Short ETFs are risky, but you could see considerable gains if the markets goes in the opposite direction. I would say if you were to go short via an ETF, put no more than 2-3% of your entire portfolio in the positions. The best part of short ETFs, is that they can be bought and sold like normal stock and are not required to trade on margin like a traditional short positions.
The bad is that they erode in value unless the market moves down sharply and quickly. Holding on to a short ETF for 2 years while a market remains stagnant will only leave you with a reduction in your premium. Even with the risks, if you can predict the market turn correctly or catch it on the way down, short or inverse ETFs can be a good hedge against a down market and help protect some of your gains and combat inflation.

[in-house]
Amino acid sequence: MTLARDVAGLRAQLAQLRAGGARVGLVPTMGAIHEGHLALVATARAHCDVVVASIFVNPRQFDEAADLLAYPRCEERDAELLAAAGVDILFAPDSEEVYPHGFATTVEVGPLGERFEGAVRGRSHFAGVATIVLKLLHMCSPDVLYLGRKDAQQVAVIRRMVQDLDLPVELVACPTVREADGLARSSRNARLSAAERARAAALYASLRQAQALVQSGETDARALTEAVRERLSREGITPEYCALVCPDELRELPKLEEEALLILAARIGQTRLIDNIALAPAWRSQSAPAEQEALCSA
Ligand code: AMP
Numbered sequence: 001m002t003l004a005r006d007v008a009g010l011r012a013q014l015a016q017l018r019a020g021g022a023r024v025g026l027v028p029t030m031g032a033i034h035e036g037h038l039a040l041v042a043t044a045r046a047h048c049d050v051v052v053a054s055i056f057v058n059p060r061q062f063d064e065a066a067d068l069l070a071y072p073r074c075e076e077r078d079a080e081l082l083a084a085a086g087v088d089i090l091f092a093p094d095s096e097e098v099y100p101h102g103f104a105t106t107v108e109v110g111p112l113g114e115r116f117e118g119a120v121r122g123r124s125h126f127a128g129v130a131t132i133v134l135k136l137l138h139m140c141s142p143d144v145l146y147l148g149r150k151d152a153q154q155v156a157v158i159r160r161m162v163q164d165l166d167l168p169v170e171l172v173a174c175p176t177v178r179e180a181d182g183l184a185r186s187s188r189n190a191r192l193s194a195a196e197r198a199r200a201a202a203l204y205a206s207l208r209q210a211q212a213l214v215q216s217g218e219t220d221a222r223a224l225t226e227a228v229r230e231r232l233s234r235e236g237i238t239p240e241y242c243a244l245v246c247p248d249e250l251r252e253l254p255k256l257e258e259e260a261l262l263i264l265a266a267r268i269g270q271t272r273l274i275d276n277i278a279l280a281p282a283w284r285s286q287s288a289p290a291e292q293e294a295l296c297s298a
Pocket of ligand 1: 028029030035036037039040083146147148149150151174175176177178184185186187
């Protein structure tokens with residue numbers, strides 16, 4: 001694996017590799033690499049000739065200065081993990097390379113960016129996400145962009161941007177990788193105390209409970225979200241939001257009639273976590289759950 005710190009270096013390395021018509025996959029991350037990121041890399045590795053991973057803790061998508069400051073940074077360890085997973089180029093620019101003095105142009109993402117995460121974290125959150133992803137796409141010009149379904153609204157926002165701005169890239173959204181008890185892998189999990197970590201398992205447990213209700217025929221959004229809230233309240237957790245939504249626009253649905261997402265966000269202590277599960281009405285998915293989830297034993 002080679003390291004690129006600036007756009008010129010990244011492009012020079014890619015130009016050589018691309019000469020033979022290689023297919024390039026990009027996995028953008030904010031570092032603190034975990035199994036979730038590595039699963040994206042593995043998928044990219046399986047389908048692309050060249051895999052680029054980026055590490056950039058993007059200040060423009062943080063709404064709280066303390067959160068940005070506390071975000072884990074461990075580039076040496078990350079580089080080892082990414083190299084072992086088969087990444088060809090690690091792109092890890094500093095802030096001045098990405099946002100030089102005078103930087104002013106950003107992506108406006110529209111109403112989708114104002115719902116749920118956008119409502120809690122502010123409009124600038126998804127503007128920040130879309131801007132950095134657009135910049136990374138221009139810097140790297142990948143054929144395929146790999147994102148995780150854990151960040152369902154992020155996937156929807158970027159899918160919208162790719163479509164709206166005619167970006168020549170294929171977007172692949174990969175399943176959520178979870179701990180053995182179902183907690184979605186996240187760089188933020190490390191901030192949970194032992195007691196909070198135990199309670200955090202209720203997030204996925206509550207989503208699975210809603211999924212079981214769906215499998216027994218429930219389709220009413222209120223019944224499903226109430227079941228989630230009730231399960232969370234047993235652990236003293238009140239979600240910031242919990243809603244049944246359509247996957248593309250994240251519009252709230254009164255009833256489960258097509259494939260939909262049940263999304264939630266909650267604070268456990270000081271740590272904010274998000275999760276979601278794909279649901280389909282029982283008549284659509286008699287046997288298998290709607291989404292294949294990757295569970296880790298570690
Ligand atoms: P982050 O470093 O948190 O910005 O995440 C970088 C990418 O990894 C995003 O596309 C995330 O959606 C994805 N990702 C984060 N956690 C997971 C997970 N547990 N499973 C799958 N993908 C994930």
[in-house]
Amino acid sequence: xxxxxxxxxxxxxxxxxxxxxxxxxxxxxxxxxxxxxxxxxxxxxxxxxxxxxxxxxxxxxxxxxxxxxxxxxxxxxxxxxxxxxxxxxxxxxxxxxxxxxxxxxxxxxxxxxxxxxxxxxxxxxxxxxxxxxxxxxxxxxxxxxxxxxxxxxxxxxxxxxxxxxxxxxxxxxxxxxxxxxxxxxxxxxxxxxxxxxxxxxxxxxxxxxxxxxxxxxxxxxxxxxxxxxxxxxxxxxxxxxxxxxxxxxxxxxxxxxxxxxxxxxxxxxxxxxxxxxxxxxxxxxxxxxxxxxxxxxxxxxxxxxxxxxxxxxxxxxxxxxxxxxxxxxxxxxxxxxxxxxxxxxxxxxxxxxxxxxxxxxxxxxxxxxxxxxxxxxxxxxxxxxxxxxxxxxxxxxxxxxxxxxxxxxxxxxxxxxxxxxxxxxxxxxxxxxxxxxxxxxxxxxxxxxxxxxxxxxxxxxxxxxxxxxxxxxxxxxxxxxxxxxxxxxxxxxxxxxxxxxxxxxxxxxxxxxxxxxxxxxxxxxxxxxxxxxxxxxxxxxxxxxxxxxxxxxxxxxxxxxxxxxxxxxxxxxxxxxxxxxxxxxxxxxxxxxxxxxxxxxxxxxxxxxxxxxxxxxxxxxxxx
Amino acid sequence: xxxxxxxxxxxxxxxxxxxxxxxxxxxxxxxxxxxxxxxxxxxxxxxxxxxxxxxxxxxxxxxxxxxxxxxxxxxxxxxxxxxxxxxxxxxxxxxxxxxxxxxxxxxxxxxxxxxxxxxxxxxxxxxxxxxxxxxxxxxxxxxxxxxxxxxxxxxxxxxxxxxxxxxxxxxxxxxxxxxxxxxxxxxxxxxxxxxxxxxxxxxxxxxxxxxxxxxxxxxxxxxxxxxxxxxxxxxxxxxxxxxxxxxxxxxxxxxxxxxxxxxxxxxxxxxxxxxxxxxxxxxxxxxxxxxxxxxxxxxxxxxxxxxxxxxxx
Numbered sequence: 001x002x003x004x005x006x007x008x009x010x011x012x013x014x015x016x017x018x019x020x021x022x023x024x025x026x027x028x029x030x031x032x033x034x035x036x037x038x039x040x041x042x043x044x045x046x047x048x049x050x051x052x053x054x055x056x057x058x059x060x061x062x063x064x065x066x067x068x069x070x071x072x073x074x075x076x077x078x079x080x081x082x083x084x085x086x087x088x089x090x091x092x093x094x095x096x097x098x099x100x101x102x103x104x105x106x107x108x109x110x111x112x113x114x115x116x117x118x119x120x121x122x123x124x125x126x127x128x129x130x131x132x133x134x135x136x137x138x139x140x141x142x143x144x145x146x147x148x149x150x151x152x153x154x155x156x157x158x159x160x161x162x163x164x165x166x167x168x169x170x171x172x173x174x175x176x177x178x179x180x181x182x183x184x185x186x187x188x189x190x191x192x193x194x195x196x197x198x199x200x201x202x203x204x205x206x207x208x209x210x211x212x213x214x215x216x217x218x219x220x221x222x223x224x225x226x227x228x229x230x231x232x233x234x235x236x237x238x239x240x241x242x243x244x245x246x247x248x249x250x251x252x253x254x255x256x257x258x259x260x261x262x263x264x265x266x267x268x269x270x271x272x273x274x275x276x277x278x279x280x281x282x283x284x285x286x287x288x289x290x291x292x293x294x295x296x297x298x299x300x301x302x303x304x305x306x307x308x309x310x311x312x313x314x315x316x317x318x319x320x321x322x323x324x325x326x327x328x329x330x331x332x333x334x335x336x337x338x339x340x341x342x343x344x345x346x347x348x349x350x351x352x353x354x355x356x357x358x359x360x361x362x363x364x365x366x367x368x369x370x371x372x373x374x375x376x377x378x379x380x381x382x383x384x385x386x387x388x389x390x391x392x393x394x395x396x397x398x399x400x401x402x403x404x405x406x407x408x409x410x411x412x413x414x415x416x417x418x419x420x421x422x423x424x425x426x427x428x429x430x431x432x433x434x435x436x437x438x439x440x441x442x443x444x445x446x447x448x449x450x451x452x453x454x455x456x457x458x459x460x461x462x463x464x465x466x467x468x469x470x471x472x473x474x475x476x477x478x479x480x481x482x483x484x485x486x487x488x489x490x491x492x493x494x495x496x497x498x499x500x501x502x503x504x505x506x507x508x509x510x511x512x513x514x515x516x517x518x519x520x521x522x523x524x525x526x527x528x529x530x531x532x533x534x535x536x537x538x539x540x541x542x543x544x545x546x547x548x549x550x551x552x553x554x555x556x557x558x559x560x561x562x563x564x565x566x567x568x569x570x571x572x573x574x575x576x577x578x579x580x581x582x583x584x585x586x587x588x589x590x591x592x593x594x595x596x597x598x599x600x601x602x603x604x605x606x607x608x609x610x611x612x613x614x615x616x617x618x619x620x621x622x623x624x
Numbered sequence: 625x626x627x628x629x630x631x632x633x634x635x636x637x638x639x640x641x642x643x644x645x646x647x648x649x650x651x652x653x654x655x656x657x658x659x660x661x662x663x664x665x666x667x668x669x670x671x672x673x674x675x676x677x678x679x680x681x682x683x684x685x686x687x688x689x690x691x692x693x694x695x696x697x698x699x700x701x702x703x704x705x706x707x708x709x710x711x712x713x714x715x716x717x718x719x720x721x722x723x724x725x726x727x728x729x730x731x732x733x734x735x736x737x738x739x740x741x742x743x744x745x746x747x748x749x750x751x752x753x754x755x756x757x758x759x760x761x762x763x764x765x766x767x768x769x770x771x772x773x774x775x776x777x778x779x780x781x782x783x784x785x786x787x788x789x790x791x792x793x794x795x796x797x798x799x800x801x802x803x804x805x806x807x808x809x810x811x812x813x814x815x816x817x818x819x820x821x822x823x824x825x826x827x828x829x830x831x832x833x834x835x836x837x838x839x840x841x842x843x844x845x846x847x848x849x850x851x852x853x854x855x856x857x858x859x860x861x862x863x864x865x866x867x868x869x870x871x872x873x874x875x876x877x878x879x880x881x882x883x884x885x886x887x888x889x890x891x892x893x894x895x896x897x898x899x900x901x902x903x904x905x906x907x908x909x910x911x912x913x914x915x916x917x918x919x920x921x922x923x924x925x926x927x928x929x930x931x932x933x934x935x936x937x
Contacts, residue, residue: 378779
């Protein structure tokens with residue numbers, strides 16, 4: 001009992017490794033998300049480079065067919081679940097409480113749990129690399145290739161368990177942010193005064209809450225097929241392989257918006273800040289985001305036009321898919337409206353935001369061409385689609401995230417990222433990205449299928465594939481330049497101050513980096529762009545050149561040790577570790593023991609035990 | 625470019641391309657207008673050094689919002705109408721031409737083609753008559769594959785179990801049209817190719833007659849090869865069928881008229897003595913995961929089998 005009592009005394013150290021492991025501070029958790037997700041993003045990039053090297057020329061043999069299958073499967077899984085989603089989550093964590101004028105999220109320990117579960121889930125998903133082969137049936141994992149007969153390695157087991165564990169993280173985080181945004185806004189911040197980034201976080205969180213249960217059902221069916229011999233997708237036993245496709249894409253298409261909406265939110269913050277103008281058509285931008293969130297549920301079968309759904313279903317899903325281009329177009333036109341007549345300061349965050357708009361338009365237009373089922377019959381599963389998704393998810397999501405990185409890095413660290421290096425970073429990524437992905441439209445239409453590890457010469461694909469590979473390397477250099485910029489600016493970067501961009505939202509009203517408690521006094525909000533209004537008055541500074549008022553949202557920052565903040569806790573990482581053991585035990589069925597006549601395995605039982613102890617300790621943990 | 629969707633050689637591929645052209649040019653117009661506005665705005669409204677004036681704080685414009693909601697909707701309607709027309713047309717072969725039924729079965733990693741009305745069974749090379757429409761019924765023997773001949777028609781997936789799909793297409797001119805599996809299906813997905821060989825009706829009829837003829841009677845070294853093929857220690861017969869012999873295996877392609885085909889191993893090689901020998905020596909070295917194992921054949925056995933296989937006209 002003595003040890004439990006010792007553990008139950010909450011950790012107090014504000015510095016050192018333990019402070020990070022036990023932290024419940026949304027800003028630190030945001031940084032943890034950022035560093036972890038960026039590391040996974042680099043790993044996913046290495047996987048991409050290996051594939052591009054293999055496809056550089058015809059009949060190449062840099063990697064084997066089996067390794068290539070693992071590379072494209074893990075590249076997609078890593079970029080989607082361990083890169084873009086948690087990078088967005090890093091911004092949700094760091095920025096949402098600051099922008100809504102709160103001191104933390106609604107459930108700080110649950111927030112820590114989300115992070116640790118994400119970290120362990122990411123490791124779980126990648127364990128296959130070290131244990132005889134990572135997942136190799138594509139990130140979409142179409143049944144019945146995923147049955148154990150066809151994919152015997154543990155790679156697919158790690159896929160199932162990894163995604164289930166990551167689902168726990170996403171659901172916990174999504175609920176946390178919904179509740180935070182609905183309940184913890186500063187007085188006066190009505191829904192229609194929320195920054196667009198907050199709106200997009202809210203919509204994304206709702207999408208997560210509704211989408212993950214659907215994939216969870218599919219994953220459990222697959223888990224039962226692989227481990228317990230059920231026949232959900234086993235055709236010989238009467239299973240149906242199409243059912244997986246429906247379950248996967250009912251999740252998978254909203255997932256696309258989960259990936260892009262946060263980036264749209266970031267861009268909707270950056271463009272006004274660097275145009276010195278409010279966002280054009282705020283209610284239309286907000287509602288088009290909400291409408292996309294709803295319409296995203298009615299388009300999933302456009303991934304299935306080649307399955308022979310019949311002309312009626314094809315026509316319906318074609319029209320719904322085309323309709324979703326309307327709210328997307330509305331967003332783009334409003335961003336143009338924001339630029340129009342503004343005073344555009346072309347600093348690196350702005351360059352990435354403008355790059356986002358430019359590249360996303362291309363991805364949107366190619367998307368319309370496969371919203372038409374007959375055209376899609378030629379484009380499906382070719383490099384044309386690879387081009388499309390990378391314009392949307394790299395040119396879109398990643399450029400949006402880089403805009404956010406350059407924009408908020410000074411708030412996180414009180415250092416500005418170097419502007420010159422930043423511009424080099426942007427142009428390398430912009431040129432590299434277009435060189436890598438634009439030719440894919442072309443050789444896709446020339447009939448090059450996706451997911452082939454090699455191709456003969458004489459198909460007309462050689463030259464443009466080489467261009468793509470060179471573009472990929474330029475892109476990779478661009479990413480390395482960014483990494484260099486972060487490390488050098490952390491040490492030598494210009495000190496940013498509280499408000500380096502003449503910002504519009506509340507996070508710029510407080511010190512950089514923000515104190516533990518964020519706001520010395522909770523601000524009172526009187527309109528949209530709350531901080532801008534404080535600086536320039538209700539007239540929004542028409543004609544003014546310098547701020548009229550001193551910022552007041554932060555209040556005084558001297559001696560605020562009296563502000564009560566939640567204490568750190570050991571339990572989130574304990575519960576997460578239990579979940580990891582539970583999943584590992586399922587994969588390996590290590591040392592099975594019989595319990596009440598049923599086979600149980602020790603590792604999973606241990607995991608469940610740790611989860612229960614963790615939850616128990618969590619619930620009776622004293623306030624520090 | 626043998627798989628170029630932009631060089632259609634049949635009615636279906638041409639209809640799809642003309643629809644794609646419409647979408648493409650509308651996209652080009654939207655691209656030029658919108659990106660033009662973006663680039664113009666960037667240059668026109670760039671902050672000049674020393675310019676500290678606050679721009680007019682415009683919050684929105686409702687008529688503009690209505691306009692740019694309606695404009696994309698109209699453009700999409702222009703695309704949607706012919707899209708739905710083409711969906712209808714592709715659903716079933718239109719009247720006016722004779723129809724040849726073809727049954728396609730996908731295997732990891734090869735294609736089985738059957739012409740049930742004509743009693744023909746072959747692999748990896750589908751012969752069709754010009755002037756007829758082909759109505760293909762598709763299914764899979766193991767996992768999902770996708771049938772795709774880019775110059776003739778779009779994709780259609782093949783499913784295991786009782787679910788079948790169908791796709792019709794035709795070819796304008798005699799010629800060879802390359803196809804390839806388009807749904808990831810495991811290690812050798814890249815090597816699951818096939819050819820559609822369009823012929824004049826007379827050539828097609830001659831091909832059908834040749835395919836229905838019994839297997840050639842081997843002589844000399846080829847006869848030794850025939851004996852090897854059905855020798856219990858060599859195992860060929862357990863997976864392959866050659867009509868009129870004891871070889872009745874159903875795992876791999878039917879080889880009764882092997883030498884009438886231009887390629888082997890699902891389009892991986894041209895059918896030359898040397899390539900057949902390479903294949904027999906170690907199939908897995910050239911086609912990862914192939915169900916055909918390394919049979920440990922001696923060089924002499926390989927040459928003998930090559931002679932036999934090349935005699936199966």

My conclusions are simple, as of witting this I would say cash is a safe haven only if you are going to spend that money on stuff. As a consumer you can’t go wrong with cash and we all know the old adage, cash is king. On the other hand, as an investor or long term saver, cash will only erode in value via inflation unless you protect yourself.
The instruments mentioned above are only a small fraction of investment available to protect yourself from inflation. There are more alternative such as company bonds, preferred stock, real estate, precious metals, etc. Do some research and find out which is bet for you for your best practice financial modelling and your investment strategies.